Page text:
Cambridge’s history reimagined thanks to mobile app

16 March 2020

Cambridge Museum app
The Cambridge Museum app maps historical sites in Cambridge.

One of Waikato University’s computer science experts has created an app that’s helping to reimagine the history of Cambridge, New Zealand.

Associate Professor Annika Hinze has been working closely with the Cambridge Museum to develop an app mapping out historical sites in Cambridge.  Museum visitors who have downloaded the app are then alerted to artifacts and stories relating to each historical site.

Dr Hinze says the app gives users first-hand experience of Cambridge’s history.

“The Cambridge app is free for everyone to use. It offers self-guided tours that combine local stories with historic artefacts that can be viewed ‘in the flesh’ in the museum. New tours are in preparation, designed by both the Museum and Cambridge iSite.”

To aid the creation of such location-based apps, Dr Hinze developed the Tipple software, which is the backbone of several mobile apps. It allows users to create their own app content, and to manage location-based tours.

Dr Hinze used Tipple to develop a similar app for the Hamilton Gardens back in 2018, and one for Christchurch City Council in 2019.

The Hamilton Gardens app gives users a virtual experience of the very popular Hamilton landmark, allowing users to explore the gardens via several guided tours, and listen to the history behind each garden.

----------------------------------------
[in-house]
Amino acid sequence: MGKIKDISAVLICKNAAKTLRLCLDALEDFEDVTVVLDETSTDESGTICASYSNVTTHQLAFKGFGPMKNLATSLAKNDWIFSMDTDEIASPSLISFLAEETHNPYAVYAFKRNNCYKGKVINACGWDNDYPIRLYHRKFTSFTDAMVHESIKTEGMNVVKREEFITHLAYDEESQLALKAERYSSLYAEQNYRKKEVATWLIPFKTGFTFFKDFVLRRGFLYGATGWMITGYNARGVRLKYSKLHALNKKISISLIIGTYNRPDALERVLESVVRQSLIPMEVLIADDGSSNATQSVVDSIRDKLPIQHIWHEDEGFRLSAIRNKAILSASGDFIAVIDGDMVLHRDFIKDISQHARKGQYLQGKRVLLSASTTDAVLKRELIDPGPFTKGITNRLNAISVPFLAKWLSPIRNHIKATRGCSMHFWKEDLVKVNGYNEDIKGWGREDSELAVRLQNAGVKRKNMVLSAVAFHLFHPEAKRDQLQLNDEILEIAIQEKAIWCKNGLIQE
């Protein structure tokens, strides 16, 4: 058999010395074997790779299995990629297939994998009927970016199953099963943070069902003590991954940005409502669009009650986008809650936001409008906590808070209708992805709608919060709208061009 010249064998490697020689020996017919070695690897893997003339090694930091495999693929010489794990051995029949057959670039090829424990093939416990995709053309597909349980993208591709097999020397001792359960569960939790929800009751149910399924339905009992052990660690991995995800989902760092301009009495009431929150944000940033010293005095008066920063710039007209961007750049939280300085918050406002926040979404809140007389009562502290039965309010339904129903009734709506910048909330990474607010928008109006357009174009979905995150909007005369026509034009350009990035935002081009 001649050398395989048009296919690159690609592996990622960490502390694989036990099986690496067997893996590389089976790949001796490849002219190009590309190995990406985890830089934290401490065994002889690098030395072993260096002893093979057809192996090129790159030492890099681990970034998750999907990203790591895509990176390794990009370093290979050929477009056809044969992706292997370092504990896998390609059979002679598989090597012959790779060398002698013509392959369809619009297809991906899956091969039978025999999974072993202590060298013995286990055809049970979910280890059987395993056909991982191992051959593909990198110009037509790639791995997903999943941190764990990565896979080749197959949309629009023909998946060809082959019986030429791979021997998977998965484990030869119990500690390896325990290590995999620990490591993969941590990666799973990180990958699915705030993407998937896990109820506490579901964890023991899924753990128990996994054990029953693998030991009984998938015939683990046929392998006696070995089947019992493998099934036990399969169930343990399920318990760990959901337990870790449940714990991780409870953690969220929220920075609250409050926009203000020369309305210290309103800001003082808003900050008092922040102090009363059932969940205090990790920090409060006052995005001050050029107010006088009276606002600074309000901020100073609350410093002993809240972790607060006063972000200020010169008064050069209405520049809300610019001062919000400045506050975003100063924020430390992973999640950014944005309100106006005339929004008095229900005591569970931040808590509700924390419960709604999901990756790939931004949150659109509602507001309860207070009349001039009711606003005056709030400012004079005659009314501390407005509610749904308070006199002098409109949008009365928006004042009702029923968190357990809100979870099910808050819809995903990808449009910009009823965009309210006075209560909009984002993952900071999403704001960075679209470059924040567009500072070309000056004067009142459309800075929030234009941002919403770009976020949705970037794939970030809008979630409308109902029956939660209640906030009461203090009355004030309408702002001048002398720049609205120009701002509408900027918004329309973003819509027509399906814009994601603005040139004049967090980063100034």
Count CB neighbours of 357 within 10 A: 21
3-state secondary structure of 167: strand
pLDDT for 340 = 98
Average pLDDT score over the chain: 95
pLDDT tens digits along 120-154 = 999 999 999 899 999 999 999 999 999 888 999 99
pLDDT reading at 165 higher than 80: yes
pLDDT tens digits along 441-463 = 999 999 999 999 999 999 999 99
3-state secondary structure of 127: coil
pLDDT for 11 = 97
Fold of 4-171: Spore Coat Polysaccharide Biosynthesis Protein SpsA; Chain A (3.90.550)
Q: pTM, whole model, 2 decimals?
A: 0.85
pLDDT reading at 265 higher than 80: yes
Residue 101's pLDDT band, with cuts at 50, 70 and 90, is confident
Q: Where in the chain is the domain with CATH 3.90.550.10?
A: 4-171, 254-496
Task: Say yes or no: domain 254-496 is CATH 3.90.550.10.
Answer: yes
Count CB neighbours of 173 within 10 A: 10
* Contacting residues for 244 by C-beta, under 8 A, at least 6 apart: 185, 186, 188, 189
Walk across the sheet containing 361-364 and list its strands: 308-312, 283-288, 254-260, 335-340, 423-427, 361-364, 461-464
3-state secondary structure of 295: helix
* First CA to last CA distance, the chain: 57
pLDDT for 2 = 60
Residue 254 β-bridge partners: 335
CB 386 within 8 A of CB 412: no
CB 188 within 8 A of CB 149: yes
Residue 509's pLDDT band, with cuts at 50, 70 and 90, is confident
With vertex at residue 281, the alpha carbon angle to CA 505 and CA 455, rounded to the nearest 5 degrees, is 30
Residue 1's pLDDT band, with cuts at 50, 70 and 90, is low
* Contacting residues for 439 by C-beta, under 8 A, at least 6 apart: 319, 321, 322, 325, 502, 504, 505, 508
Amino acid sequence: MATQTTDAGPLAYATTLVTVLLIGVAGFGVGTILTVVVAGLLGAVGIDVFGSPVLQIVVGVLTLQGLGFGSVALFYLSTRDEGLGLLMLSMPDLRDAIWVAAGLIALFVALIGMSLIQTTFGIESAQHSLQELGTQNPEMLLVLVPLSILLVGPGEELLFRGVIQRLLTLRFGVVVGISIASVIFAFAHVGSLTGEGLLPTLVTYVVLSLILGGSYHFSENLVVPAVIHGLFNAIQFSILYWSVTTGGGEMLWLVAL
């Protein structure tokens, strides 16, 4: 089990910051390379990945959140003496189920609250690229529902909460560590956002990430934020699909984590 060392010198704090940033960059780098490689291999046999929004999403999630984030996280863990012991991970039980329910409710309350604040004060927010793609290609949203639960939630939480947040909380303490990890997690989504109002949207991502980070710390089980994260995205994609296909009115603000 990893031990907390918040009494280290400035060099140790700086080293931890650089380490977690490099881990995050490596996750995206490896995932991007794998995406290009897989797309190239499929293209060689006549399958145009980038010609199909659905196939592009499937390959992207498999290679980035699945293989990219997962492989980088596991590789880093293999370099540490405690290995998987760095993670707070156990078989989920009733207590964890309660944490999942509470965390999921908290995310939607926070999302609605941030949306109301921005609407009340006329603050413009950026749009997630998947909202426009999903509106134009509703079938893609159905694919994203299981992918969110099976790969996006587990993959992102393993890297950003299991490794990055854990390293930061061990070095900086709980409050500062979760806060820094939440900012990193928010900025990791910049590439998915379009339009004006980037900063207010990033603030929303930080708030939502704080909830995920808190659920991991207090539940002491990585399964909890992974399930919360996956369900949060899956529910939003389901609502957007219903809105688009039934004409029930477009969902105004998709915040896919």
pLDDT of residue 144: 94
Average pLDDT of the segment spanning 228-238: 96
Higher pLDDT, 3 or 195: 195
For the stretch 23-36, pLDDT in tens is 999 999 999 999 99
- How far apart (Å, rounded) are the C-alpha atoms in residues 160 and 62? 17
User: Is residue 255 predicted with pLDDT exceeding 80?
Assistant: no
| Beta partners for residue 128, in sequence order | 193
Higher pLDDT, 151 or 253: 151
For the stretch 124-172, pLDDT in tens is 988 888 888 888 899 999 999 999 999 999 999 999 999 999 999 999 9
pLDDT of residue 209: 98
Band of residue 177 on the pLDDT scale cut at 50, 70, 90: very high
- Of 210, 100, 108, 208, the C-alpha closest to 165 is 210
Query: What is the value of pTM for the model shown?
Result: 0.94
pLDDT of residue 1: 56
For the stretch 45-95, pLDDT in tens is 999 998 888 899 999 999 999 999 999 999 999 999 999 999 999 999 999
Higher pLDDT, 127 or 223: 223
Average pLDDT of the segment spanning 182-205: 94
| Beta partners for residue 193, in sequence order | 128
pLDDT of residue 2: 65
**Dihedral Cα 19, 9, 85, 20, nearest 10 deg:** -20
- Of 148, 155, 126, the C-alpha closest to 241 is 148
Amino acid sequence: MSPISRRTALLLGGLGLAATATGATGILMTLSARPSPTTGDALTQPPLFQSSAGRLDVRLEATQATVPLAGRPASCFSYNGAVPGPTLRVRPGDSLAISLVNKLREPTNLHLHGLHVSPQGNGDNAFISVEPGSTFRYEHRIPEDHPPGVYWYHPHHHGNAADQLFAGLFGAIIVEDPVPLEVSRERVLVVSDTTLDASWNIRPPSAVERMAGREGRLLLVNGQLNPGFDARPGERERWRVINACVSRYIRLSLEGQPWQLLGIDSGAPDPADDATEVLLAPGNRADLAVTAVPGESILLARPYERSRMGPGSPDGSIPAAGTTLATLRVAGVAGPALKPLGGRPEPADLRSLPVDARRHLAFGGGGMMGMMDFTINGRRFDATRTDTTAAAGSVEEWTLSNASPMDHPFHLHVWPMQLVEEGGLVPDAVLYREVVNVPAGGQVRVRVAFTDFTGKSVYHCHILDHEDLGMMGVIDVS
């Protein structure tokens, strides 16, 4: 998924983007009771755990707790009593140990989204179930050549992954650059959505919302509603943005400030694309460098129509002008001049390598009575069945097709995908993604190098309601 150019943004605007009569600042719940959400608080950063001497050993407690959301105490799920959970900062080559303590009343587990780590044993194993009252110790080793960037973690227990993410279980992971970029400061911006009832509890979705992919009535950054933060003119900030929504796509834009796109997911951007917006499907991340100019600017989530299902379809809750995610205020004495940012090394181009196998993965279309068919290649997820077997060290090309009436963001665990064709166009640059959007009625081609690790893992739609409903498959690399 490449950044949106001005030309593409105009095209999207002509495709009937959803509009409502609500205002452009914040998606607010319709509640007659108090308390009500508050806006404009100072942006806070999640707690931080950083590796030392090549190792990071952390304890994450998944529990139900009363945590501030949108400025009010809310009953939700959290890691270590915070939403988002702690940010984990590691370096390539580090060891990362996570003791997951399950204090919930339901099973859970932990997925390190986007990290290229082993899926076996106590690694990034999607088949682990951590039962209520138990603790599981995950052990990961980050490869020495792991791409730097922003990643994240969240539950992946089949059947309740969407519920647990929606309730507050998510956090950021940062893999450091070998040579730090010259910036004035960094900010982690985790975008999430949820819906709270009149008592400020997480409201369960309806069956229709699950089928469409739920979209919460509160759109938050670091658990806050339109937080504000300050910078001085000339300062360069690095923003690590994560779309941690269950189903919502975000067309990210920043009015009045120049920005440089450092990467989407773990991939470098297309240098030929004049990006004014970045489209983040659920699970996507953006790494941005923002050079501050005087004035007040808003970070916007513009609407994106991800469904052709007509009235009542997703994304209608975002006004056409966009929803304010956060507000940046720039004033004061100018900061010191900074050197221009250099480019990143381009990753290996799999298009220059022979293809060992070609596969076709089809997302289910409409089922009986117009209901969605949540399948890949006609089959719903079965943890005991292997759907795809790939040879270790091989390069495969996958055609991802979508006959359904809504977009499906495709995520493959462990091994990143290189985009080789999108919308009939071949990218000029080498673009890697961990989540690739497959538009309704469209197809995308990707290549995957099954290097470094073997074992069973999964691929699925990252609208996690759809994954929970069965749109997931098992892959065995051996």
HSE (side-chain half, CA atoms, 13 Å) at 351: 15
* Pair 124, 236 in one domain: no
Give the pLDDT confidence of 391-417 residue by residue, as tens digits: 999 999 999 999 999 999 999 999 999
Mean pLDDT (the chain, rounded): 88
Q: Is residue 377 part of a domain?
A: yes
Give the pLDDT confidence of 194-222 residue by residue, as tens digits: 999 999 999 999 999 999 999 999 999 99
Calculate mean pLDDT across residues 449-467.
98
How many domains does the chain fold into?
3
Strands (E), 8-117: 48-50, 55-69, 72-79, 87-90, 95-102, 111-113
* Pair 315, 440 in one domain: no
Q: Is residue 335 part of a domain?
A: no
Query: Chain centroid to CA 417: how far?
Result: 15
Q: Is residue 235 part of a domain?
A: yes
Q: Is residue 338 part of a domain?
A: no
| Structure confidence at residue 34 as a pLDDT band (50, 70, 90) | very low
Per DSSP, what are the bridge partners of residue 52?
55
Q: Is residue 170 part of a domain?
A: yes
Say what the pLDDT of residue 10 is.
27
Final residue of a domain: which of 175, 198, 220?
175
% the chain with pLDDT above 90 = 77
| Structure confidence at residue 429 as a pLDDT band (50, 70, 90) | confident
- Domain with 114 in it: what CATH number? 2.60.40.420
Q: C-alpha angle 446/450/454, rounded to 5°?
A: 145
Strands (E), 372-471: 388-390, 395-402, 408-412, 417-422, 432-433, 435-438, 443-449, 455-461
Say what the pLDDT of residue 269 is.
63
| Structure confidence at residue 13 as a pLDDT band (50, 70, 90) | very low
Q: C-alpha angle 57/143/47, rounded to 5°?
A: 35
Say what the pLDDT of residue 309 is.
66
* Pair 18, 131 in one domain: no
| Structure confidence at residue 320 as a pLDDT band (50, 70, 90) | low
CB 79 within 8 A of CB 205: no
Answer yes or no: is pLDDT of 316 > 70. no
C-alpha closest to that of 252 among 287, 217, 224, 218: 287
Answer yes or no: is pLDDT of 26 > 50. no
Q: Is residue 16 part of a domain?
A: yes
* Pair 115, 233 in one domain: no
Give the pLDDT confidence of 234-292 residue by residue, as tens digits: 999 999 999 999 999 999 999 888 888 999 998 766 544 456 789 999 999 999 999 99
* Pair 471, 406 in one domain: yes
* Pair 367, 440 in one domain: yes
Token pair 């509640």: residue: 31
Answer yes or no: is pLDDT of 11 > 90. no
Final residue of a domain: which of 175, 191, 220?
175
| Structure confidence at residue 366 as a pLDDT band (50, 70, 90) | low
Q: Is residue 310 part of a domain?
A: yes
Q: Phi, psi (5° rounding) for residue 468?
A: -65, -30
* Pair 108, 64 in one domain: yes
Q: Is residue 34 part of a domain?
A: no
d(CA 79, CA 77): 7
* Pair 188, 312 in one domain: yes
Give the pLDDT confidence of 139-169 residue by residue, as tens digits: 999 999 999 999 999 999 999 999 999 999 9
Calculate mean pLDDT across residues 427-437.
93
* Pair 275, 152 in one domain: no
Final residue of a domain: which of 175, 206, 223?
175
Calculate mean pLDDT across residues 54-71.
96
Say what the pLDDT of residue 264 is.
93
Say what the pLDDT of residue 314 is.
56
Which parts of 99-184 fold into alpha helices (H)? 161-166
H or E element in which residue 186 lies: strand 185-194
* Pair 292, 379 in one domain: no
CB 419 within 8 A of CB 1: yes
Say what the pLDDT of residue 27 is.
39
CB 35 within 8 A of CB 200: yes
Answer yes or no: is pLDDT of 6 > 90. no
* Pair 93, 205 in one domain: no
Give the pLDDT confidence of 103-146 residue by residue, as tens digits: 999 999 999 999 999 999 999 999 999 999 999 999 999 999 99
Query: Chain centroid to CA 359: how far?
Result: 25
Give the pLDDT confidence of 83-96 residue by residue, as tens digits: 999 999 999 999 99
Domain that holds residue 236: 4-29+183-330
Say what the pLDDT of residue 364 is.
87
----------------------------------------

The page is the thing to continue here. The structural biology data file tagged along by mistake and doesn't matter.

Dr Annika Hinze
Dr Annika Hinze, Head of the School of Computing and Mathematical Sciences at Waikato, worked closely with the Cambridge Museum on developing the app.

In collaboration with Christchurch City Council’s Heritage Team and the Addington Neighbourhood Association, Dr Hinze developed an app for the Christchurch suburb of Addington. In the app, heritage information and local stories are presented to both citizens and tourists.

More recently, Dr Hinze has been involved in the creation of a ‘smart shirt’, equipped with built-in sensors to help improve safety for forestry workers.

The Hakituri project, which has been going for a few years, received MBIE Smart Ideas funding in 2018, and works by monitoring heart-rate and perspiration, looking for signs of fatigue or dehydration through the shirt’s sensors.

Dr Hinze hopes to develop more apps in the future, working with local museums and communities.

“It is very satisfying to develop software that enables people who are not into creating their own technology solutions to build their own mobile apps andtell their stories.”

You can download the app here for Android, and here for iOS.

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